You are correct. Unless things have changed there is no requirement in the licence agreement to sign a pledge card for Opnad or the co-op. However, if you do sign one it becomes an enforceable contract in that state. We have only had to use it once. An operator was under default with MCD for non payment of Rent and service fee's. He had also not paid his opnad and co-op contributions. He ended up having to sell seven stores. The co-op filed a legal claim to our fee's based on the pledge card and we were awarded our fee's from the proceeds of the sale. Pledge cards are not a bad thing, in my opinion. Unless they attempt to link it to base sales. The co-op knows its revenue for budget purposes as does the agency. However, it limits the power of the operators to withdraw from the opnad and co-ops. It is something that Corp. can point to with Wall Street to insure that those funds are secure and that they can be collected. Regardless, the money contributed to opnad and the co-ops is more efficient than going it alone. There is no question about that. Although, I think more of the contribution should be allocated to local store marketing.

Richard Adams said...

"It is something that Corp. can point to with Wall Street to insure that those funds are secure and that they can be collected."

Wall Street doesn't get into that kind of minutia. Thier knowledge of how things actually work at McDonald's is very superficial. This is why any comments from actual McDoanld's Operators are so interesting to the analysts.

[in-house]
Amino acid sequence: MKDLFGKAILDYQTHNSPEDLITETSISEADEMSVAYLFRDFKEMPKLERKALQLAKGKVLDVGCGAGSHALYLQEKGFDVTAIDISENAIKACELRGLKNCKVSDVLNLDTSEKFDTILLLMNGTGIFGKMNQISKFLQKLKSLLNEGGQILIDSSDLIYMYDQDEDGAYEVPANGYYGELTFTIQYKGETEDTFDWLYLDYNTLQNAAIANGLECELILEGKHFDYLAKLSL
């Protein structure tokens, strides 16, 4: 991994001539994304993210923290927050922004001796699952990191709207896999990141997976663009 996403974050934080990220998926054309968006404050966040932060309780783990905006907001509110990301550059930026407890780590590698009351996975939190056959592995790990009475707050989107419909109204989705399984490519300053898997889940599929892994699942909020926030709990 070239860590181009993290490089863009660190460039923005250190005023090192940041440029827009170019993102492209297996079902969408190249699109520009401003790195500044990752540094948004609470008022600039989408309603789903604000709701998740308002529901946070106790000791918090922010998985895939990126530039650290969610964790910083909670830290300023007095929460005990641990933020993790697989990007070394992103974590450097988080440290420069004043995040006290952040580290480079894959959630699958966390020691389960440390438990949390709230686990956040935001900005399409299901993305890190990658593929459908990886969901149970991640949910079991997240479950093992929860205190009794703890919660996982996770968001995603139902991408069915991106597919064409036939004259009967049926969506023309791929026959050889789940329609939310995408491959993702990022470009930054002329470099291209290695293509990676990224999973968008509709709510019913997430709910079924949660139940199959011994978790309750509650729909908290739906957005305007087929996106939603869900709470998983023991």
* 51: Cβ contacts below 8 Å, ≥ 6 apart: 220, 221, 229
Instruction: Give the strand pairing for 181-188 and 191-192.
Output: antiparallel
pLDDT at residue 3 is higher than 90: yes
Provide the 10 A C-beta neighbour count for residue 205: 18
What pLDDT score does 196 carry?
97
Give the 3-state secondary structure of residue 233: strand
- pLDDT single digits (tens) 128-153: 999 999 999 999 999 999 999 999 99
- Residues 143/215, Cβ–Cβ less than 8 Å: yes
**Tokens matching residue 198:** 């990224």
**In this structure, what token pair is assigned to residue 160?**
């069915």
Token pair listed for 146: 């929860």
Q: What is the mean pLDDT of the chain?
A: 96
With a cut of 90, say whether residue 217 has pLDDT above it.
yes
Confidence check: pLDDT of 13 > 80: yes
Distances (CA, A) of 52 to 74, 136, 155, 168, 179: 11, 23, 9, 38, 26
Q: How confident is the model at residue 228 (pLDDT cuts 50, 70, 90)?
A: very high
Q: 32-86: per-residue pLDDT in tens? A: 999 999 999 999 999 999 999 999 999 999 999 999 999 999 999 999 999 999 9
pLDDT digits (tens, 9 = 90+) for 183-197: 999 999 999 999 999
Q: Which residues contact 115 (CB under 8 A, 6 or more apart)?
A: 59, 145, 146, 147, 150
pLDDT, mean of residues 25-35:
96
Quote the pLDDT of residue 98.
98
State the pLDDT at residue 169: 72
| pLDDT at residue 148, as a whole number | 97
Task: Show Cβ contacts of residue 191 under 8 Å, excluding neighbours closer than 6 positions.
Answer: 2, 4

Anonymous said...

There seems to be a misconception about the pledge cards. The pledge card once signed becomes an enforceable contract in that state. However, the contract is between the operator and the co-op not the operator and MCD. MCD regional staff have no authority to get involved with an operator that does not sign the pledge. It is between him and his fellow operators.

Richard Adams said...

While in theory the relationship is between Operators and the Co-Op or OPNAD McDonald's Corp. has always been the collection agent for OPNAD. We did it when I worked in the McDonald's franchising department and it goes on today. No matter what any contracts or agreements say McDonald's Corp. has always looked at OPNAD as "our money".

Anonymous said...

I'm sure that is true for Opnad. We have always sent our co-op contribution the the treasure's office not the regional office. But, you are correct the co-op funds are looked upon by the region to impliment National marketing plans locally. The regional manager and the Ram working with the agency wanted control. Many times they didn't get their way and when there was a surplus at the end of the year and funds were distributed back to the operators they were clearly distressed.

Anonymous said...

never heard of a co-op sending money to the regional office. if any co-op is doing that they need a check up from the neck up.

Anonymous said...

who is doing that?

Anonymous said...

Face it folks. OPNAD is nothing more than additional rent to McD. And McD immediately converts the funds into marketing , further protecting the stock price.